In a special needs group on Facebook recently, several parents were discussing how social situations that are new, loud, crowded, or unfamiliar can be especially overwhelming for loved ones with Down syndrome. This has been the case in our family, too. In my experience, reacting to these situations is rarely successful. When Grace gets overwhelmed or nervous in a new environment, she enters monkey baby mode, making it virtually impossible to peel any one of her four limbs from my body. As she grows older and bigger, this becomes increasingly awkward, not to mention hard on my back. Instead, we have found great success our go-to preparation for new situations, a proactive approach called social stories, or visual stories.
What is a social story?
Carol Gray created Social StoriesTM with a focus on helping people with autism spectrum disorder (ASD) understand the context and appropriate behavior for specific situations. Based on the Down syndrome behavioral phenotype, we know that people with DS and ASD share strengths in visual learning.
Differences in brain anatomy make it difficult for individuals with Down syndrome to make short-term memories effectively and store new memories in long-term memory, making routine and repetition valuable for learning. They further struggle with processing information presented verbally, which if you think about it, is much of life. Dr. David Stein in his book on behavior thoughtfully points out that children with DS spend much of their time trying to process information presented verbally and are frequently – more often than typical peers – corrected when they don’t produce the desired response. It’s easy to see how this could easily become overwhelming, frustrating, and sometimes frightening.
Social stories are developed for a variety of applications, including
- teaching a behavior, skill or routine,
- preparing for new situations, or
- promoting appropriate behaviors.
They visually display a sequence of events and describe how the individual should react and behave in each step of the process. They are extremely valuable for individuals with DS who learn best visually and through repetition. Plus, they often include photos of the learner, and who doesn’t want a personalized story about herself?
In our house, we have created stories for events ranging from dental visits to preparation for a new sibling to toilet training. Even the now irrelevant ones remain among the stories both of our daughters will ask us to read repeatedly.
How do I write a social story?
- Choose a single topic. Write a brief title that clearly states the purpose of the story.
- Break the topic down into a series of sequential steps.
- Choose photos that represent each step. These may be your photos or free photos or clipart found online. When discussing places, like a new house, school, doctor’s office, etc., pictures of the actual place are ideal. Some doctors and dentists may post photos on their website. Including photos featuring the learner can make it especially interesting and relatable.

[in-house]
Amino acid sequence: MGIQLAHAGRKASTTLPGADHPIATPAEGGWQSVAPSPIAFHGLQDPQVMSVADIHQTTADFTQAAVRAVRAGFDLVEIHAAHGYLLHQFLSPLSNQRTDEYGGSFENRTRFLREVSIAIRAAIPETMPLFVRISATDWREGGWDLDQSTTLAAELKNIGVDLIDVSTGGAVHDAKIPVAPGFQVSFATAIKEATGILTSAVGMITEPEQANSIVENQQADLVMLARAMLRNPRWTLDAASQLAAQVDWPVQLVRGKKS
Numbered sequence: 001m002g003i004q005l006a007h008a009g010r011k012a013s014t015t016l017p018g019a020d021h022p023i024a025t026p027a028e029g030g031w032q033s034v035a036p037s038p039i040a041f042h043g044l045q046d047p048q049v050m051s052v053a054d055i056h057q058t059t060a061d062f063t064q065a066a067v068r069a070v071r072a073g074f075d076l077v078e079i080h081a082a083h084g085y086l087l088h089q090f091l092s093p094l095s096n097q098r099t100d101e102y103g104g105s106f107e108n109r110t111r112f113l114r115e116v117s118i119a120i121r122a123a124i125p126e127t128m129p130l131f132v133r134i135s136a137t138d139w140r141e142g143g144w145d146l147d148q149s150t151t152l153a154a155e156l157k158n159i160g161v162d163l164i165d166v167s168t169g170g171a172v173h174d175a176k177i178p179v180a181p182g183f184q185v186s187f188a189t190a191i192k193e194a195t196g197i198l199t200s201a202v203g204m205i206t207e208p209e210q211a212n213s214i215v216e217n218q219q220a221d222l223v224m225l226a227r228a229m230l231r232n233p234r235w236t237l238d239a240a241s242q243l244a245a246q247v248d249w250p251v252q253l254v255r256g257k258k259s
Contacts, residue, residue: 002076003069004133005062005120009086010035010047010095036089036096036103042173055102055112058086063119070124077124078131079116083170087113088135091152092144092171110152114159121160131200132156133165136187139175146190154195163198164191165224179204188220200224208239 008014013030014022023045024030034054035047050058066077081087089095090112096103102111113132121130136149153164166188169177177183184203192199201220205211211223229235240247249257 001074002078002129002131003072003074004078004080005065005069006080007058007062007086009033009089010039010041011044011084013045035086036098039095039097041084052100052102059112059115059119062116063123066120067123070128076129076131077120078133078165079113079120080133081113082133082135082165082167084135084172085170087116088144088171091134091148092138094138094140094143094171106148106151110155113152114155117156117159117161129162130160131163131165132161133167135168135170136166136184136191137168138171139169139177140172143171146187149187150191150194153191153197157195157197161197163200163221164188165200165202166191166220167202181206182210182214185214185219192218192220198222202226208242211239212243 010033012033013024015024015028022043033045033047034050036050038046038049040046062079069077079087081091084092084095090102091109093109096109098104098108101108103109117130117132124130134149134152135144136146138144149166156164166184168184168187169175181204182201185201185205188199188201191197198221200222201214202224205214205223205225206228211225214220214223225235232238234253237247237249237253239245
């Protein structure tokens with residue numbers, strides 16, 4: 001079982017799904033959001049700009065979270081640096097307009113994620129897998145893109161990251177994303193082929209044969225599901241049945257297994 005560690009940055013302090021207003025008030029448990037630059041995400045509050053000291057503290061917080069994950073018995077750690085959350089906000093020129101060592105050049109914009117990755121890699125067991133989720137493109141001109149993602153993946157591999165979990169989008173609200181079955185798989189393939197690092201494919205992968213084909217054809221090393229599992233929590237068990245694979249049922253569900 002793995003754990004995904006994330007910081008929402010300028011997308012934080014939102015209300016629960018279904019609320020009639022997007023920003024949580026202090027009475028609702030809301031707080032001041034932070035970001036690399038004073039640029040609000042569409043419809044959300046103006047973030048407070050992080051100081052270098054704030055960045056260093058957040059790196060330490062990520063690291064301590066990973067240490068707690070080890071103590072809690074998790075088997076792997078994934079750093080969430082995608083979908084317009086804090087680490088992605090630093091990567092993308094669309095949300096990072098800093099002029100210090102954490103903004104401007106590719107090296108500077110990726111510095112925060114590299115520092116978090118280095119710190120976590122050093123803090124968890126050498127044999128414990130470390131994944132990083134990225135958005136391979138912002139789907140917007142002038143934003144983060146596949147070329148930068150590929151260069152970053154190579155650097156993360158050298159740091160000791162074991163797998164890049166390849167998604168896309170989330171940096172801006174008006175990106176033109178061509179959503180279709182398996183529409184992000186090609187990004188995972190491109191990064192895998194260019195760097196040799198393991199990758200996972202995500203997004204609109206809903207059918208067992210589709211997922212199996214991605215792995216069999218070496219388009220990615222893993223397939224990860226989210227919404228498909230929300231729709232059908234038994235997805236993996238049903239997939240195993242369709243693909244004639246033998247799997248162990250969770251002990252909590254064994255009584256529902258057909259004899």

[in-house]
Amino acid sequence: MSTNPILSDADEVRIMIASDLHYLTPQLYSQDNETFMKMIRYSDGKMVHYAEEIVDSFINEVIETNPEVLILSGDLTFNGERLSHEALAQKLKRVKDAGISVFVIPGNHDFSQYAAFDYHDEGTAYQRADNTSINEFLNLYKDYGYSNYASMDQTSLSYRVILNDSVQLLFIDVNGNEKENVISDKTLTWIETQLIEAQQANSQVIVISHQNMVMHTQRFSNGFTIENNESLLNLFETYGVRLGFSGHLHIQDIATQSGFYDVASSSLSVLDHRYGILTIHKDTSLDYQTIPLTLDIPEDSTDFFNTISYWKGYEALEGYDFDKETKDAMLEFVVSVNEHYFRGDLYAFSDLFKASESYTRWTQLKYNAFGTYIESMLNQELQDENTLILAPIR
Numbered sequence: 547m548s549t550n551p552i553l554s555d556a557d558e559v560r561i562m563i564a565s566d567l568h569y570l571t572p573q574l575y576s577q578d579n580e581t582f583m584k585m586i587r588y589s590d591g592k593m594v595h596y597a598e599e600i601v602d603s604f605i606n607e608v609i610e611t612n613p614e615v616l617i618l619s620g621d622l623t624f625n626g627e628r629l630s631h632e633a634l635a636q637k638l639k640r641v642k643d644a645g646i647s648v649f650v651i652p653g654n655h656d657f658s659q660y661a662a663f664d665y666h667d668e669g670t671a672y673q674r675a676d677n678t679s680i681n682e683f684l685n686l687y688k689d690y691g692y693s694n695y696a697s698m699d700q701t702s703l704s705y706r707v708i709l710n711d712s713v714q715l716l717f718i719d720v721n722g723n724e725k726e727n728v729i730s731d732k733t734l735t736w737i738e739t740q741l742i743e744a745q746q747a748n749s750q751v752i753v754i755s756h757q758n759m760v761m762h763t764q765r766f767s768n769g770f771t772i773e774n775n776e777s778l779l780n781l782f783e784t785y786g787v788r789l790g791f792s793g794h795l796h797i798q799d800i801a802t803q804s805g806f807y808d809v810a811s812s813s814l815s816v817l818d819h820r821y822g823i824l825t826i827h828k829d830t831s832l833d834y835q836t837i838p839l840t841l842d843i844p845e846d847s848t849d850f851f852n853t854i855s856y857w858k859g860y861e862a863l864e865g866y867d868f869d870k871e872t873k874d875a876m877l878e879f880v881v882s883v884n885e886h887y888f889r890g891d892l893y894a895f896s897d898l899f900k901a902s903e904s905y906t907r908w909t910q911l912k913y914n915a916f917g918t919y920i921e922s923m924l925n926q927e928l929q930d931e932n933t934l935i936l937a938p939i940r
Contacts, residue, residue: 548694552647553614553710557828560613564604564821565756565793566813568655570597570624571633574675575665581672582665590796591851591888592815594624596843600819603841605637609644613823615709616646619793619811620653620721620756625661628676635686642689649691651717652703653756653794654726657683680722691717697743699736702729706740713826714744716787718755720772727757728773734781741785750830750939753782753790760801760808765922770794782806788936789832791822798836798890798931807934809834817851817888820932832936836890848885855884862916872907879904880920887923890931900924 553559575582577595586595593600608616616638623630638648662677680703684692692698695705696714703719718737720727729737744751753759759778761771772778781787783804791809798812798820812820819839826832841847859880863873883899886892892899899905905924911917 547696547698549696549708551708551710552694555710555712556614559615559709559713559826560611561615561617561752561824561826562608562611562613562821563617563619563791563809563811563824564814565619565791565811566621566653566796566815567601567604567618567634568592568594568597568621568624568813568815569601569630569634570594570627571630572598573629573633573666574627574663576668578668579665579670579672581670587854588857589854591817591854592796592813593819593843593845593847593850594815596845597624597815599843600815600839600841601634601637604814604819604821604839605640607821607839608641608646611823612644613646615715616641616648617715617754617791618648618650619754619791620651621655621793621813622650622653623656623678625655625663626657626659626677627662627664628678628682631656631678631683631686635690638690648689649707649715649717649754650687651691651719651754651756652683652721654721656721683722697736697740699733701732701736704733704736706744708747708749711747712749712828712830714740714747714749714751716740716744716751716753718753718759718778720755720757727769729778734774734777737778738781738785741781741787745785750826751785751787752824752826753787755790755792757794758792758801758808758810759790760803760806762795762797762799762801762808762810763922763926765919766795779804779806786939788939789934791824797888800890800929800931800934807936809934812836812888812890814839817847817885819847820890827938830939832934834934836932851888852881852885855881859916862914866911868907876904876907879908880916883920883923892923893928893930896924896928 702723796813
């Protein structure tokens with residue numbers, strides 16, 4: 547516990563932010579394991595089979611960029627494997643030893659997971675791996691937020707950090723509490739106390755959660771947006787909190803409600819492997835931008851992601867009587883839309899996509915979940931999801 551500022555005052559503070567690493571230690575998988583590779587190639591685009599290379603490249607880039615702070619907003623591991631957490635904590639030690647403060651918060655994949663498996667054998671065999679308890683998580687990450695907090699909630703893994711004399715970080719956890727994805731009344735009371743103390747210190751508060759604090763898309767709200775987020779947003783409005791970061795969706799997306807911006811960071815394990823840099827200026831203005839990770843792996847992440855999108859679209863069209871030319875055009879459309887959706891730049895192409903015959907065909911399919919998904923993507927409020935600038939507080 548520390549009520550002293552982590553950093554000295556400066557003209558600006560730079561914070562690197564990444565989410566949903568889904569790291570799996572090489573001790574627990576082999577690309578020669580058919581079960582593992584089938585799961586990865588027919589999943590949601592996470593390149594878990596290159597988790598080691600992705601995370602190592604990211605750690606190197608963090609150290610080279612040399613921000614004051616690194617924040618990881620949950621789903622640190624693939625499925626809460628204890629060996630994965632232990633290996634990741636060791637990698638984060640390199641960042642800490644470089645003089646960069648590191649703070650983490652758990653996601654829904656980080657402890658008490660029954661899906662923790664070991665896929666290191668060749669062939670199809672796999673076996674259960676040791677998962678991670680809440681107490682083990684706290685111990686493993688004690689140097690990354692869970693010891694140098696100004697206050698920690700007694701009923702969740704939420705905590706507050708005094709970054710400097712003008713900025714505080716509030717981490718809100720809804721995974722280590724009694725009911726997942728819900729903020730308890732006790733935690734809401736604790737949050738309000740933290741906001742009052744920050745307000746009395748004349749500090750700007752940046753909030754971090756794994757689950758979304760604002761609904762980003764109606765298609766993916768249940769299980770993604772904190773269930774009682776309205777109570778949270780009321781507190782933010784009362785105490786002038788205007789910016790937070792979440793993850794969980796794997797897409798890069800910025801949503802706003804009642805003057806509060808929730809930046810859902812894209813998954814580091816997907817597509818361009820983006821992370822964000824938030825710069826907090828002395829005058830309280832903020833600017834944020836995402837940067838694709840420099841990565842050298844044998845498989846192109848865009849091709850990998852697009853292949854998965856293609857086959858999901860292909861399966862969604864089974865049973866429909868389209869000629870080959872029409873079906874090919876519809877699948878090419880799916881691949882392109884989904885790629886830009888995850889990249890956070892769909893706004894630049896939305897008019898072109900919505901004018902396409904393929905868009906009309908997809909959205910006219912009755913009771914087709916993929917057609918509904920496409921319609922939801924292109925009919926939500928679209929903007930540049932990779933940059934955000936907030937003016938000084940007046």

- On each page, include one step of the topic. Use photos with simple, brief, related text written in the present tense and the first person. Use positive language that emphasizes desired behaviors and appropriate reactions.
- End on a positive note.
This is the story we use to prepare our daughters for dental cleanings:
How do I use a social story?
Read the story repeatedly and often. Remember, people with DS learn best through repetition, and I think you will find that these stories quickly become popular. With big events, reading stories up to a month in advance will allow time for the learner to process and remember. After a few weeks, they may be telling YOU the story!
Keep the story on-hand when the event comes or situation arises. Review the steps in the story as each new step proceeds in real life. When things get tense or scary, refer to the story and remind the learner that he knows what is happening and how it will end.
How do I create a social story?
Printable versions of social stories are easy to develop in PowerPoint, Word, or Google Slides (free with a Google account). Stories can also be made by gluing printed photos (do those still exist?) onto paper and handwriting captions. Below, I have included links for some apps that can also be used in developing social stories.
Pre-made social stories
You can find a variety of fully developed stories online. I’ve provided links below to extensive lists of printable (and mostly free) social stories on many topics. You can also search for social stories on the topic of choice. You’ll find a variety of formats from those like I have described above to a comic-strip-style to a rebus-type format. However, even if a sample story isn’t in the format you prefer or the language isn’t at the appropriate level, you can use the text and images to help you build one of your own.
Social stories are an easy-to-develop, useful way to prepare children with DS or any child with anxiety for new and different situations. I hope they will be as helpful for you as they have been for our family.
Printable Social Stories
Printable Social Stories for Kids on a variety of practical topics from ANDNEXTCOMESL
Templates for Personalized Teaching Stories from Autism Speaks
Social Stories on many useful topics from ABA Educational Resources (some links are broken)
My Hospital Story visual stories about medical visits and procedures from Boston Children’s Hospital
Social Narratives on medical visits from Massachusetts General Hospital
Social Story Apps and Programs
12 Computer Programs, Websites and Apps For Making Social Stories from Friendship Circle
How to Create a Social Story Online from Your Autism Toolbox
Visuals Engine: Create Visual Supports for your Child from ConnectAbility
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